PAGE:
(HealthDay News) — The US Food and Drug Administration may soon curtail the use of 2 monoclonal antibody treatments that do not appear to work against the highly contagious omicron variant.
The treatments made by Regeneron and Eli Lilly performed well against earlier variants, but only the GlaxoSmithKline antibody therapy has stayed strong against omicron. Last week, the National Institutes of Health updated its guidelines to advise clinics against using these treatments on patients with mild-to-moderate COVID-19 due to their diminished effectiveness.
Meanwhile, senior health officials in the Biden administration have called governors and state health officials to urge them not to use the Regeneron and Lilly antibody cocktails since the omicron variant now accounts for more than 99% of US cases, a senior official with knowledge of the process told CNN. But some governors are not heeding that advice. During the last 2 weeks, states have distributed nearly 110,000 doses of the Lily and Regeneron treatments, according to a federal database maintained by the Department of Health and Human Services, CNN reported.
Earlier this month, Florida governor Ron DeSantis claimed his administration had seen the treatments work on omicron patients, CNN reported. Nearly 13,000 doses of Regeneron were used in Florida during the past two weeks, more than any three other states combined. “Omicron is not the only variant that’s out there,” DeSantis said. “And it’s something that we actually have seen applied with omicron patients and we have seen symptoms resolved.”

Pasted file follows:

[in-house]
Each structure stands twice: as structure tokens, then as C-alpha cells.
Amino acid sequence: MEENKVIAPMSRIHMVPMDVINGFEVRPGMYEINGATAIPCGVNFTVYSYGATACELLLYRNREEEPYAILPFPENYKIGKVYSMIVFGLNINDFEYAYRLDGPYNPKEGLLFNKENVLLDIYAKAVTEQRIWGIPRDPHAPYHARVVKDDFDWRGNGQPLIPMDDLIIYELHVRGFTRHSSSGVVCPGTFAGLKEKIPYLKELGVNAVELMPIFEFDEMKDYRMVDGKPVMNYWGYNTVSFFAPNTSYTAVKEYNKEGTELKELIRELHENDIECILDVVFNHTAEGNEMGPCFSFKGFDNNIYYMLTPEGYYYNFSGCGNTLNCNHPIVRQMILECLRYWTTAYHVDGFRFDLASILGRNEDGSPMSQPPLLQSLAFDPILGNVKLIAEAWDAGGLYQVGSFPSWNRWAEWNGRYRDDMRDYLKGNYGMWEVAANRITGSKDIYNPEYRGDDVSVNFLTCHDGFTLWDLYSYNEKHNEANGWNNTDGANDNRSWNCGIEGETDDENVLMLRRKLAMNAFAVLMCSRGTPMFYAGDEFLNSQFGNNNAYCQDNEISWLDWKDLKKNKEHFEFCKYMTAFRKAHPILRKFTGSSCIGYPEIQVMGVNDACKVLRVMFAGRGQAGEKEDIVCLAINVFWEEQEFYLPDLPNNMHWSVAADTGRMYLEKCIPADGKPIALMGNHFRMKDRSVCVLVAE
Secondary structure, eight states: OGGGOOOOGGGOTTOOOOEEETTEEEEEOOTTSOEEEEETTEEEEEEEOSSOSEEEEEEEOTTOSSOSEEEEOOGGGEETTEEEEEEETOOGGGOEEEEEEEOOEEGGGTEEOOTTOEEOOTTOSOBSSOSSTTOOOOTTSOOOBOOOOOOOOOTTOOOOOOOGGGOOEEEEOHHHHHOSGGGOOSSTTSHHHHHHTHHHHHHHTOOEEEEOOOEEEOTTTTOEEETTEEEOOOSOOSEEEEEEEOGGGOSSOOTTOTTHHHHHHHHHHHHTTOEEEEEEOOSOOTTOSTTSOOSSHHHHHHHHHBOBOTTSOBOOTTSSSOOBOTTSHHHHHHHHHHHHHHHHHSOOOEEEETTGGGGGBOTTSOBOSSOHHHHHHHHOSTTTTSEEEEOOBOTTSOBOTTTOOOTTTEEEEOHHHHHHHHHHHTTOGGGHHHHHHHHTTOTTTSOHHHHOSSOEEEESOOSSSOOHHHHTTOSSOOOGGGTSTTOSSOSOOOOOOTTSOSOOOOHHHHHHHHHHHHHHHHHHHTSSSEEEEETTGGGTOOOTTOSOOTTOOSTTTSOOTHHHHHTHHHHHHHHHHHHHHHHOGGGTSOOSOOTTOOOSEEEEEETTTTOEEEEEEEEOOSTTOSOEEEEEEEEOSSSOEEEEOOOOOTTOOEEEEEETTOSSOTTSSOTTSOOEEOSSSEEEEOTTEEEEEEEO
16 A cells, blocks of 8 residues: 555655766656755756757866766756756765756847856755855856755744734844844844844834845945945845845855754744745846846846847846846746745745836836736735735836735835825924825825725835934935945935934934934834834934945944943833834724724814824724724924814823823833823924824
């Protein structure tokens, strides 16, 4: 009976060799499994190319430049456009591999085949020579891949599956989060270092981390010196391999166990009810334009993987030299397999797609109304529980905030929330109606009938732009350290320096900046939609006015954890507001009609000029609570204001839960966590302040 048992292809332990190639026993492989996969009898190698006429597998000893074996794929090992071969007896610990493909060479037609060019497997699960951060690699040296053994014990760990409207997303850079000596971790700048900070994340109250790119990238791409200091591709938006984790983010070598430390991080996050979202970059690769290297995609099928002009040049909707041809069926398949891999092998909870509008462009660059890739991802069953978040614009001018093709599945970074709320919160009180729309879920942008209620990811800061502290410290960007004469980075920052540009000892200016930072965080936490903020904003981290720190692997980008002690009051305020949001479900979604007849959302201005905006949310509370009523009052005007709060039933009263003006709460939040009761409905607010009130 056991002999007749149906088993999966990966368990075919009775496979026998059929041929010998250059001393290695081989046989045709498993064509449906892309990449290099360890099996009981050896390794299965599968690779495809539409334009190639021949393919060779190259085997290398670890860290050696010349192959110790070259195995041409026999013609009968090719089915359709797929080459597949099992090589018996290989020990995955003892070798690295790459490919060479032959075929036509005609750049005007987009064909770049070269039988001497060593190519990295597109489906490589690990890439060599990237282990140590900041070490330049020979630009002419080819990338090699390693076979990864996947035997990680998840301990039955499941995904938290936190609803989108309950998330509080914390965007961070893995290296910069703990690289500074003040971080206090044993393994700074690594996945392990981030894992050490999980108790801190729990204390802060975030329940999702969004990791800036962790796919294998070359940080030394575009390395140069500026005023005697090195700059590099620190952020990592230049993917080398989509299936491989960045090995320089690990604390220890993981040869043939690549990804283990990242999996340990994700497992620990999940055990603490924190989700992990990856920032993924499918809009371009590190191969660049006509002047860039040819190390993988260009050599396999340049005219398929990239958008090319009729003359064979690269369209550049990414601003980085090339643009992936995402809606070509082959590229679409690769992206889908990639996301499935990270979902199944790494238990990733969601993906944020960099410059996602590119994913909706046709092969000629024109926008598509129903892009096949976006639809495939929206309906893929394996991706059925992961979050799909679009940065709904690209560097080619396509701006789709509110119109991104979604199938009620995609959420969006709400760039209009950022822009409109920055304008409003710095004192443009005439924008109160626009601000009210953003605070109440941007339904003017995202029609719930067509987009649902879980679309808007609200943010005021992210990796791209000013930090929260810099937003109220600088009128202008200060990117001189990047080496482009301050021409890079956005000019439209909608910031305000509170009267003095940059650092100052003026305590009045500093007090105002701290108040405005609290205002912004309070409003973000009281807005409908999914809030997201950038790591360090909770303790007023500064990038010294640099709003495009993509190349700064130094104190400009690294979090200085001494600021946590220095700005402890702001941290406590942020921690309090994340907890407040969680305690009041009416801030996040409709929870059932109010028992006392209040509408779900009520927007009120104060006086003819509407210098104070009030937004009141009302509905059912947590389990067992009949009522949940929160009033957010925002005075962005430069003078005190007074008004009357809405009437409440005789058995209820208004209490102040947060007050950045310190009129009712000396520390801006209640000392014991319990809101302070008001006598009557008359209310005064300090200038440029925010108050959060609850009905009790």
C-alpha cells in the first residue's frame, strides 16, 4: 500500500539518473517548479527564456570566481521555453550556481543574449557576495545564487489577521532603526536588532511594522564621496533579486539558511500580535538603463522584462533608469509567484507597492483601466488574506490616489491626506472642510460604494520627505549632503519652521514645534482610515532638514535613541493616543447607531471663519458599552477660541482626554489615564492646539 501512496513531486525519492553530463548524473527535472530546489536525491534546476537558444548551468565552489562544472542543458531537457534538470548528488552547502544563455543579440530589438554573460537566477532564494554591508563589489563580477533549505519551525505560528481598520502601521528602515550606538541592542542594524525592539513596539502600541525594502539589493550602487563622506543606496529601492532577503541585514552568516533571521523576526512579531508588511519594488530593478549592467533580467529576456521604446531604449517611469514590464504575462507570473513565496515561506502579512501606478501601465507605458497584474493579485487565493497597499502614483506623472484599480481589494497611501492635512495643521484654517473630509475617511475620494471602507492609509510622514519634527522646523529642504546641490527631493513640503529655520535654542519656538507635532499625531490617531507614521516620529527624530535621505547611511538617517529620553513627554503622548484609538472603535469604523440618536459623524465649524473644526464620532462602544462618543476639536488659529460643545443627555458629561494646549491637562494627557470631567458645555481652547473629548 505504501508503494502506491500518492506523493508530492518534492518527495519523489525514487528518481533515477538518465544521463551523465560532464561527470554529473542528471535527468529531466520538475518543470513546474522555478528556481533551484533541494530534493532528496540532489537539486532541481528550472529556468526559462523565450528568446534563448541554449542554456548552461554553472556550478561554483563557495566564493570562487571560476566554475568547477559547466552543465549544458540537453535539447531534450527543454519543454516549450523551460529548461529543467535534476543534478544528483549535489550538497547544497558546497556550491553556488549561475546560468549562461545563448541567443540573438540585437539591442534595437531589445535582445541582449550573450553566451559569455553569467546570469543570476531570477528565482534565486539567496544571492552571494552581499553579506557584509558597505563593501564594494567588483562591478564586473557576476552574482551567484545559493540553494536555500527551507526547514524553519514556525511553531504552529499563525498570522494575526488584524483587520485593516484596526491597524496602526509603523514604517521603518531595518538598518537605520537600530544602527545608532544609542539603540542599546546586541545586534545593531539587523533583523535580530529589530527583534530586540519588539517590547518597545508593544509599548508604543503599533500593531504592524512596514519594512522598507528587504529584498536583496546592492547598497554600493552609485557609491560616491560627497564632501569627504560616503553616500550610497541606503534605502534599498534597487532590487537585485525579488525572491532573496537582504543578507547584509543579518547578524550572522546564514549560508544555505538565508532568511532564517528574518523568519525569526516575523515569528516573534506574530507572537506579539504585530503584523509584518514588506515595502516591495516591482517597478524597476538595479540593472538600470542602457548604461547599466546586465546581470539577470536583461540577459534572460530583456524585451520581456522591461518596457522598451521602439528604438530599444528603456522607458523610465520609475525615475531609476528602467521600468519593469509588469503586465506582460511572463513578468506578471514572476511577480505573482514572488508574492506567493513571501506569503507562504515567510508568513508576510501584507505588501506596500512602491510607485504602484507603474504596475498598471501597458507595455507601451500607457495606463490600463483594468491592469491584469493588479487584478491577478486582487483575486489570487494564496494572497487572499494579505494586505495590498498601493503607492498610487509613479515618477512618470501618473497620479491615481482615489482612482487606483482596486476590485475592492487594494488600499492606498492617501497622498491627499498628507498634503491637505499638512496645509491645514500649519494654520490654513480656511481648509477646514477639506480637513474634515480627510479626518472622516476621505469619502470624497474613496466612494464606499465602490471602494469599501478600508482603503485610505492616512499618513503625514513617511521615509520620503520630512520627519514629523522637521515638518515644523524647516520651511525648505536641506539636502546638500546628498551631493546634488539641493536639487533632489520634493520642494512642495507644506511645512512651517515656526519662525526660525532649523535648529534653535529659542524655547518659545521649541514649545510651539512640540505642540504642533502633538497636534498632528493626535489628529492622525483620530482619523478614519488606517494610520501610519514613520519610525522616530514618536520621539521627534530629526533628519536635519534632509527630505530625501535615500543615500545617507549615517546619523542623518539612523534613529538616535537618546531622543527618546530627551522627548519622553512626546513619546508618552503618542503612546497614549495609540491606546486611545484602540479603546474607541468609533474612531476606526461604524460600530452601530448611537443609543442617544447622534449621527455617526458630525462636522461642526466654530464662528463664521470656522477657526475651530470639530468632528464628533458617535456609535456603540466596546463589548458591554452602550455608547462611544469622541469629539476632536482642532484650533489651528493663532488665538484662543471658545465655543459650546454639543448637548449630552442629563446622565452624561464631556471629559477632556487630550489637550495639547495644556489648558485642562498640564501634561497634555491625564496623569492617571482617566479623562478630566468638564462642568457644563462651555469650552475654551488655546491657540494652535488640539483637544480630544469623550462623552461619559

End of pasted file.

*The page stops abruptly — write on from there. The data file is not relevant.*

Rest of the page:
But Regeneron itself has stated that its monoclonal antibody treatment, known as REGEN-COV, is now ineffective against the omicron variant. Still, DeSantis has made monoclonal antibodies a cornerstone of his response to surges of COVID-19 cases in his state, often pushing the treatment more vigorously than vaccines. Other governors have followed suit: Texas Gov. Greg Abbott last year opened “infusion centers” where COVID-19-positive patients could receive monoclonal antibody treatments, CNN reported.
After the omicron variant was first detected in the United States at the beginning of December, the Biden administration continued to ship the Regeneron and Lily treatments while delta remained a threatening variant. But with omicron dominating now, federal officials had hoped most states would stop using the treatments, a senior official told CNN.